Surrounded by predators

I awoke yesterday morning to my hubby's breathless statement: "They're all gone."

"What are all gone?" I asked with my eyes still closed.

"The chickens," he reported, "the foxes got them all."

Fox #2 (left of barn) guarding chickens morning after the raid

I sat bold upright, still foggy from sleep, and tried to comprehend the details..."What does 'gone' mean? Did they escape? Are there remnants? How did he know it was the foxes? Does he mean the big chickens or our little hand raised pullets?"

As he filled me in on his grizzly chicken house discovery, I began to sob. I know we raise our own food, so animal death shouldn't bother me, but discovering that our sustenance has been ripped away from us--our time, our money and our tender loving care--by a predator, that, in town, possesses more rights to survival than we do drove me to anguish.

Perhaps, my response was also enhanced by the events of the two days prior to the devastation.

* * * * * * * * * * *
Monday morning, we were awoken by Ruth's hysterical barks. I had been laying in bed, semi-conscious, listening to her woof for about an hour before her barking escalated to a fever pitch. Assuming she was just doing her job of defending the property from marauding foxes, I laid there considering whether to wake hubby to perform a spotlight inspection of the chickens. But the new intensity to her bark woke both of us. Hubby jumped out of bed and opened the blind, and a split second later, grabbed his Glock and the spotlight and headed for the front door.

The headlights he alarmingly saw on our property belonged to the cops. The investigating officer, seeing our spotlight, reversed & headed to the front door. I heard most of his comments to Hubby: "We received a complaint about your dog barking. This is your only warning; the next call we get will result in a ticket."

Hubby interjected to explain she was only trying to scare off the foxes, but the cop cut him off. "Just keep her quiet or I'll have to cite you."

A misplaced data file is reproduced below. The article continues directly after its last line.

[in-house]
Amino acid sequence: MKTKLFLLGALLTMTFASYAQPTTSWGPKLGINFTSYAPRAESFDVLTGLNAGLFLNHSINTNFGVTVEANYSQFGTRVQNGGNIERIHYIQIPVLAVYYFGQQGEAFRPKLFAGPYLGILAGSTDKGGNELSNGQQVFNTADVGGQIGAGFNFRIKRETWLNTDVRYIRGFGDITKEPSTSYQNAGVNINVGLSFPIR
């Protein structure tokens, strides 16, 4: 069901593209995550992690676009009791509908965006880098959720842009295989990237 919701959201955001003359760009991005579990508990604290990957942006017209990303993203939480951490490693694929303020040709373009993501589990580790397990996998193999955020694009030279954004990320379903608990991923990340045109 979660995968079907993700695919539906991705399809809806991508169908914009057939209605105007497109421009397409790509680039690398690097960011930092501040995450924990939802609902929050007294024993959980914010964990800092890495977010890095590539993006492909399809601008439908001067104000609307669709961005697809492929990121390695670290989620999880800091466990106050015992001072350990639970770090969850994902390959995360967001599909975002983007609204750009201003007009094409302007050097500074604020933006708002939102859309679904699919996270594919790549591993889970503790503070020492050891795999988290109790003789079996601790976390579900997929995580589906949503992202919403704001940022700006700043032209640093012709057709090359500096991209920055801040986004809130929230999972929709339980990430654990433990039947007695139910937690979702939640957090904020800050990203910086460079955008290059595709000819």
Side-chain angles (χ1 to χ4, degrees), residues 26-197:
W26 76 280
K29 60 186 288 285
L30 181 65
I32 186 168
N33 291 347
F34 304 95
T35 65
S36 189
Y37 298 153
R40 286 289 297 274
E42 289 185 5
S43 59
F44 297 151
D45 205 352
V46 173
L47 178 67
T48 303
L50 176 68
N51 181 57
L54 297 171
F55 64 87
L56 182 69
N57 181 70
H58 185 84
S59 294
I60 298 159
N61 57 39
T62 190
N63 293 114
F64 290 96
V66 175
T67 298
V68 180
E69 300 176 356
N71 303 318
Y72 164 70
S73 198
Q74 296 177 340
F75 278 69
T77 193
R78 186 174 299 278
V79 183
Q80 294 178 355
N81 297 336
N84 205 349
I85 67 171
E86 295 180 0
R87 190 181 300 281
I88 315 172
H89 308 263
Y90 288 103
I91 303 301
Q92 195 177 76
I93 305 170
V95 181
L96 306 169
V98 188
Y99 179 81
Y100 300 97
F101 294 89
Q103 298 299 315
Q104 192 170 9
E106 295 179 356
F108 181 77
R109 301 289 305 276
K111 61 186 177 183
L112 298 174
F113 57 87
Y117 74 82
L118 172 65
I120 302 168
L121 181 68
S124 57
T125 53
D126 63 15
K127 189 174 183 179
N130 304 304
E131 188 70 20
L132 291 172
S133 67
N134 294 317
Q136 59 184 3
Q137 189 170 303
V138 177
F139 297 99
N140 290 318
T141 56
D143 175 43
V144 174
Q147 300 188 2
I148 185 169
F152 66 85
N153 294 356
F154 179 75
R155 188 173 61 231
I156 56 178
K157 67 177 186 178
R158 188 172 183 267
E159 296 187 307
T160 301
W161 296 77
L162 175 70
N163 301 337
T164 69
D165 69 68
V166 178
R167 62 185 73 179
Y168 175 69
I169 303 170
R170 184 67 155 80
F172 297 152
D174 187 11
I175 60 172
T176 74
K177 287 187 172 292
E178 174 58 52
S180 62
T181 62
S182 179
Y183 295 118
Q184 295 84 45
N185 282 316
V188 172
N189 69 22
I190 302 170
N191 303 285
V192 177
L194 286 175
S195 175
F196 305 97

Hubby put the Glock away and came back to bed, but neither of us slept very well for the next 2 hours before the alarm went off.

The day went on as usual, Hubby at work, the kids and I starting a new homeschool unit. On our way back from taking Hubby lunch, I grabbed the mail to find an unexpected letter from the Town, which went something like this:

It has come to the Town's attention that you currently house cattle on your property, which is a violation of the zoning  restrictions cited here...blah, blah, blah...you are required to remove the cattle by April 29th; please call me to inspect the property on or before that date. Sincerely, the new Chief Planner

Momma Cow, Decalf & Blacky on the property last fall

Lack of sleep and anxiety over the potential of a noise disturbance citation still plaguing my guts, I felt my stomach infused with a new dose of adrenaline. "Lose my cows? Our source of meat for the year? They have no right," I ranted in my mind. "Preventing my family from growing its own food is a direct violation of my divine right to life and liberty! Where's the government established to protect my rights? It's been replaced by town bureaucrats who take pleasure in telling residents what they can and cannot do with their own land..." Let's just say it was all down hill from there.